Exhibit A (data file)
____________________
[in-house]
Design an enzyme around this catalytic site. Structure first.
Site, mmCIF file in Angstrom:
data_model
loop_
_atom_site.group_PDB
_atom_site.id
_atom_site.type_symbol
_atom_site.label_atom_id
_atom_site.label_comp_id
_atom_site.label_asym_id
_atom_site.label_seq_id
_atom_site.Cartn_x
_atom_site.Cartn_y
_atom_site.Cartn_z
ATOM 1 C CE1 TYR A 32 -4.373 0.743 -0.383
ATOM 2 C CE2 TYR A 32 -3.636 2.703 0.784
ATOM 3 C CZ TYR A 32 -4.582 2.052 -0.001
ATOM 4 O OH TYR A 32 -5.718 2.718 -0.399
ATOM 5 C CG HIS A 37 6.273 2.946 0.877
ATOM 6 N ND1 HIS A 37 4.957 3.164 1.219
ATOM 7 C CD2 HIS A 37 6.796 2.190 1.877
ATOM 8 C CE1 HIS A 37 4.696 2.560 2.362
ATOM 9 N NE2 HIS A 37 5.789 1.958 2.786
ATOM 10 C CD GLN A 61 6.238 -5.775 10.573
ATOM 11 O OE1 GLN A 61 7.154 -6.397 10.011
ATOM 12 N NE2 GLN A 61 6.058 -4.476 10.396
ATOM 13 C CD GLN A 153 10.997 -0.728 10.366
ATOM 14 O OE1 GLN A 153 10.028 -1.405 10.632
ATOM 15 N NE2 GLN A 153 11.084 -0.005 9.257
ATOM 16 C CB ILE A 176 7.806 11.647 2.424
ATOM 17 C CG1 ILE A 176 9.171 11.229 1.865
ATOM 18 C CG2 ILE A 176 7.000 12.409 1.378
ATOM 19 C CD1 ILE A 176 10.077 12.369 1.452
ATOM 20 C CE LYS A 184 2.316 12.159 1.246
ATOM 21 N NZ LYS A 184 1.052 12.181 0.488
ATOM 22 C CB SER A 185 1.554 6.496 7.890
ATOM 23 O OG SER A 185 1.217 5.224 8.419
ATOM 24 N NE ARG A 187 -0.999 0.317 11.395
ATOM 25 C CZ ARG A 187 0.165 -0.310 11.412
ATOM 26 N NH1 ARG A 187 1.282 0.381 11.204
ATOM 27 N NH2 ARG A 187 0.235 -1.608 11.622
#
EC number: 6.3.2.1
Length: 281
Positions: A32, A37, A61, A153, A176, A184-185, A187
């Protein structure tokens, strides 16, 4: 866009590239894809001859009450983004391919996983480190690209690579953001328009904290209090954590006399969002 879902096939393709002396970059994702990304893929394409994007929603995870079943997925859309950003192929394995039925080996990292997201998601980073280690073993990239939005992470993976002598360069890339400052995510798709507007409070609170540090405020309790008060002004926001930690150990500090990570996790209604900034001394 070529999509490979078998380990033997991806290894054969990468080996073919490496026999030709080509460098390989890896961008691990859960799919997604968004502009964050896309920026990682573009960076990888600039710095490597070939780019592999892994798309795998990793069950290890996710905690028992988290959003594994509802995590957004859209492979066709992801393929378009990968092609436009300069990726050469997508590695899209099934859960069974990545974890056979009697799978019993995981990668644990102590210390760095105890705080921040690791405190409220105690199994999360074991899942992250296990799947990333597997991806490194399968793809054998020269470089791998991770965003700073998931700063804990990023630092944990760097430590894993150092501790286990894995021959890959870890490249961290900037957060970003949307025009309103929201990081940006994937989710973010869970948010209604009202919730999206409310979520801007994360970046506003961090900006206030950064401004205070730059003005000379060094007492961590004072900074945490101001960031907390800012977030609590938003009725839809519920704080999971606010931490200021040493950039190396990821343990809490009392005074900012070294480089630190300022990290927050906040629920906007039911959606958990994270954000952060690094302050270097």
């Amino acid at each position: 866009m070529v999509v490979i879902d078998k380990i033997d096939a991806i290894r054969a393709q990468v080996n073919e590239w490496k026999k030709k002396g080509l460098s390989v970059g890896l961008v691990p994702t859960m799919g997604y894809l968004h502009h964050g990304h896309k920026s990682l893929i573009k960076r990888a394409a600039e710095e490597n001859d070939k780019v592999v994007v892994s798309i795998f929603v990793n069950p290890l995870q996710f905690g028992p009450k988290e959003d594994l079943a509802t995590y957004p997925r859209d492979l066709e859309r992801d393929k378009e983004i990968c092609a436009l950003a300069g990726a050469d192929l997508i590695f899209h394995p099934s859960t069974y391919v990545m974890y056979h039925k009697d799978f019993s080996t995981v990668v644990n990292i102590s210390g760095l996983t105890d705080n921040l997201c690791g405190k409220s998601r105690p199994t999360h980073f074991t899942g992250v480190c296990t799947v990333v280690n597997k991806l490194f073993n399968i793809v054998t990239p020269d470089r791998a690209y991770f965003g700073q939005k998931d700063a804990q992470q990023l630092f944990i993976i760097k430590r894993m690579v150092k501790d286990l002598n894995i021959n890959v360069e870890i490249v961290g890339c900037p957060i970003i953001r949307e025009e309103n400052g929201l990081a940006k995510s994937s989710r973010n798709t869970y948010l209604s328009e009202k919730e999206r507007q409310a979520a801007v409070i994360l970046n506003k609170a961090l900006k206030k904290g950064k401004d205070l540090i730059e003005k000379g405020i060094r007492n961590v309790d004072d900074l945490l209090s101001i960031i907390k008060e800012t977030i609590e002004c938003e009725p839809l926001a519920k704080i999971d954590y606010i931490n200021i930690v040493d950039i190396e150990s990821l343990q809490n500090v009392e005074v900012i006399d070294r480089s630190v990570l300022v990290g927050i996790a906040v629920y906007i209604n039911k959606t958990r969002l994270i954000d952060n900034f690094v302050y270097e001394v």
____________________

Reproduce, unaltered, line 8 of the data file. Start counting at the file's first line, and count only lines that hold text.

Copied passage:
_atom_site.type_symbol